This book, first published in 1967, begins with a description of Pestalozzi’s life in which the factors which influenced his development are outlined and the history of his educational institutes described. The author then presents Pestalozzi’s most important educational ideas in a systematic way. Dealing first with the various aspects of his ‘Method’, the author goes on to consider certain features of Pestalozzi’s theories which are of special interest – his views on discipline, on the role of teachers and parents, and on general and vocational education. This title will be of interest to students of history and education.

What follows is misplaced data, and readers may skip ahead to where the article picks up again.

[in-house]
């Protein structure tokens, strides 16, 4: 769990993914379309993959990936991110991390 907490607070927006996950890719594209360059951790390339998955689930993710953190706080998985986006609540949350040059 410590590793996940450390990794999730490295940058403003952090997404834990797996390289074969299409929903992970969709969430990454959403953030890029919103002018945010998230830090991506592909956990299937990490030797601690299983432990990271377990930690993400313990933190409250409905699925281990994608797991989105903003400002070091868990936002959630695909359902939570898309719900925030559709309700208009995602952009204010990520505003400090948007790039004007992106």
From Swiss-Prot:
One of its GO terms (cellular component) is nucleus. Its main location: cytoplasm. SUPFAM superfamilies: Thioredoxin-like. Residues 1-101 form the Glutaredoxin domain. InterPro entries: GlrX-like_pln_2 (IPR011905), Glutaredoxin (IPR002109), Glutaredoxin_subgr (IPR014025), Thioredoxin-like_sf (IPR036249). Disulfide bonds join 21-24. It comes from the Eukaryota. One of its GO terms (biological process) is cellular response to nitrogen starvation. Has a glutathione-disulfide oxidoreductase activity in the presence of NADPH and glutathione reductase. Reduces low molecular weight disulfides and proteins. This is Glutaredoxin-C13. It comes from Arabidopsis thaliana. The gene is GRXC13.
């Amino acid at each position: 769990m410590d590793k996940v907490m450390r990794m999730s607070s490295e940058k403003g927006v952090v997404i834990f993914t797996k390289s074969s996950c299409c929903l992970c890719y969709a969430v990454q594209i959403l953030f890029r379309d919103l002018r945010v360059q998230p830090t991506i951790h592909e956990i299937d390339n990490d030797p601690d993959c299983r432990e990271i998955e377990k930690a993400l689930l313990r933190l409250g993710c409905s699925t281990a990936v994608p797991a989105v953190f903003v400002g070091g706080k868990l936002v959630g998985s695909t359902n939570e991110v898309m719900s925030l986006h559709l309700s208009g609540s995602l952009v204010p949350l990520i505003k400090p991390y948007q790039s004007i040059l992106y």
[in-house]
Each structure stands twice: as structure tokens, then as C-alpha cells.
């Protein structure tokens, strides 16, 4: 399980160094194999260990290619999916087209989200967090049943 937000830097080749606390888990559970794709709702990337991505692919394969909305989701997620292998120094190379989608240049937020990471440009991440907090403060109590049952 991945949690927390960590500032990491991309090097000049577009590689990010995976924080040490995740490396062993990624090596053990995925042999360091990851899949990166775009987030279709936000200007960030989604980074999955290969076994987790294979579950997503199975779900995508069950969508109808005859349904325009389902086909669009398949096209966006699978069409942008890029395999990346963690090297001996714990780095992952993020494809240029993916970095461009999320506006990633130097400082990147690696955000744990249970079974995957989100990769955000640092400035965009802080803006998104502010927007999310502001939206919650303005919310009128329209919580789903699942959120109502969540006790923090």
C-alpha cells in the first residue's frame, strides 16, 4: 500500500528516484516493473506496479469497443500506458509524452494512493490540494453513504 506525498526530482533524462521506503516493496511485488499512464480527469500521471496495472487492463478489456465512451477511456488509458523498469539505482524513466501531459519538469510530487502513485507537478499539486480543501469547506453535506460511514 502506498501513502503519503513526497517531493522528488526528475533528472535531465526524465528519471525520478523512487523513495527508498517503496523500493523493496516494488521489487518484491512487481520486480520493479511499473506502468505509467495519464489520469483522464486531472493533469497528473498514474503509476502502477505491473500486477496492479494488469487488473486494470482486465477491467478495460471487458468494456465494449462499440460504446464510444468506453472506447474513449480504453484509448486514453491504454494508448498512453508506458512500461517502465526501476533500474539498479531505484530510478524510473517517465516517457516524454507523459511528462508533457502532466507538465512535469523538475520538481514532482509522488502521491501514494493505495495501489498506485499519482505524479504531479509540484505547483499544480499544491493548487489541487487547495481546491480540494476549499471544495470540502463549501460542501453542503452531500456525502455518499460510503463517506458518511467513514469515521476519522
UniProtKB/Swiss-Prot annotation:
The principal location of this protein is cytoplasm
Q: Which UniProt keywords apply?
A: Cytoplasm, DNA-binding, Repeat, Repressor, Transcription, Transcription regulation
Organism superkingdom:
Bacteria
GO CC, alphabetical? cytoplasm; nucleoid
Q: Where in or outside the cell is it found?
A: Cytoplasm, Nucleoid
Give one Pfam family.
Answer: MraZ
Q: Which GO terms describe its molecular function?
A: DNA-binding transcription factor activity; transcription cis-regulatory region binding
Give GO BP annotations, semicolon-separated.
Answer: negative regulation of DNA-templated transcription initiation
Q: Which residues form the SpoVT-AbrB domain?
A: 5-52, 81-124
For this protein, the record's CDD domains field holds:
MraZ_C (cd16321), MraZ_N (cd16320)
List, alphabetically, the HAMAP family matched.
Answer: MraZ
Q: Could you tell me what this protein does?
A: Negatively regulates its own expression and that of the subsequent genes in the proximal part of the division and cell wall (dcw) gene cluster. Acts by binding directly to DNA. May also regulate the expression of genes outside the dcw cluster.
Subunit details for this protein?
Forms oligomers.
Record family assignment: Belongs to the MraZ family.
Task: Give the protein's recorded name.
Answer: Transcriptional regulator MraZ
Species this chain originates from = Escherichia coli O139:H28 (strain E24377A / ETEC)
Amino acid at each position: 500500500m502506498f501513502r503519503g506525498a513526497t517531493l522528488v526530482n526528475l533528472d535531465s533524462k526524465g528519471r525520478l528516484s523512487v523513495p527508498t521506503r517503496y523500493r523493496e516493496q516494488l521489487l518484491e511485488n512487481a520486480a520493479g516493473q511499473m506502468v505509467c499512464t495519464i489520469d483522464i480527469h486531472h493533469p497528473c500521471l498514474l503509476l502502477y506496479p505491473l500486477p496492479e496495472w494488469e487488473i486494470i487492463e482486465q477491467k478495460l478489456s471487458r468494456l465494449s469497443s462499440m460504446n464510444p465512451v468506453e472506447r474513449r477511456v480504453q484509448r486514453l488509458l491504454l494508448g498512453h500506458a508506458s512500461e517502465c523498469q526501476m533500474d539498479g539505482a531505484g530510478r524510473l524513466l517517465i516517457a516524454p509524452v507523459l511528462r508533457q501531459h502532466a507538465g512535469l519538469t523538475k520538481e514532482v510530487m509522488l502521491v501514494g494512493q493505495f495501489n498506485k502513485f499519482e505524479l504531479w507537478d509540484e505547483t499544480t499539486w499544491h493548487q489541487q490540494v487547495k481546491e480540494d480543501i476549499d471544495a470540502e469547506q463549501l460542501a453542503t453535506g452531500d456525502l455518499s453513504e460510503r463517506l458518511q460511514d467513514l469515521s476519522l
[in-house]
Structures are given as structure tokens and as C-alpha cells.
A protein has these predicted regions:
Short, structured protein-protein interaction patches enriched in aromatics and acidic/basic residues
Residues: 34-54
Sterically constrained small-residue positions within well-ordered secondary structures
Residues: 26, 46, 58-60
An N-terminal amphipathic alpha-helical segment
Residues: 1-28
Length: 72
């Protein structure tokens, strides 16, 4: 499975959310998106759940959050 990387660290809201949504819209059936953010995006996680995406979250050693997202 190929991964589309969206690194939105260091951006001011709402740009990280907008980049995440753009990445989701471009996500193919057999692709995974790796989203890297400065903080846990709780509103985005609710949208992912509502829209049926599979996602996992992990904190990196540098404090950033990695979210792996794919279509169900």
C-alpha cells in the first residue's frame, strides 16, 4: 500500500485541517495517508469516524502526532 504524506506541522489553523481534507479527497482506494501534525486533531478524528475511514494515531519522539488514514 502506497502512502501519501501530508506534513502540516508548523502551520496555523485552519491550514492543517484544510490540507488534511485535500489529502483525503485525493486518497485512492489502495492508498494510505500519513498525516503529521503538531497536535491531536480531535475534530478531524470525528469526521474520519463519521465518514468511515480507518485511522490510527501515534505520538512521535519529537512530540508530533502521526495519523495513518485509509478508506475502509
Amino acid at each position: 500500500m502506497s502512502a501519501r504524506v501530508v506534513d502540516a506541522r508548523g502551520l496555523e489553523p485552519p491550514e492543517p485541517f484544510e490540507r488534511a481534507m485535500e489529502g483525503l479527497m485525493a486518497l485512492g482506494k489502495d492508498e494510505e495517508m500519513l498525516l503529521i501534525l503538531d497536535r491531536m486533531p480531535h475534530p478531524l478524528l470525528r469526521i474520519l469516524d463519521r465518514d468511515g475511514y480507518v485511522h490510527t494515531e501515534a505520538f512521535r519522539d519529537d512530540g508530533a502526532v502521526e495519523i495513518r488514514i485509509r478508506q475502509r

Table of Contents
Preface; Part One: Pestalozzi’s Life; 1. The Early Years 2. The Neuhof Experiment 3. The Years of Inaction 4. Stans 5. Burgdorf 6. The Rise and Fall of the Yverdon Institute; Part Two: Pestalozzi’s Educational Ideas; 7. Introduction to Pestalozzi’s ‘Method’ 8. The General Principles of Pestalozzi’s ‘Method’ 9. Intellectual Education 10. Moral Education 11. Physical Education 12. Discipline 13. Parents and Teachers 14. Industrial Education 15. Conclusion; Bibliography; Notes; Index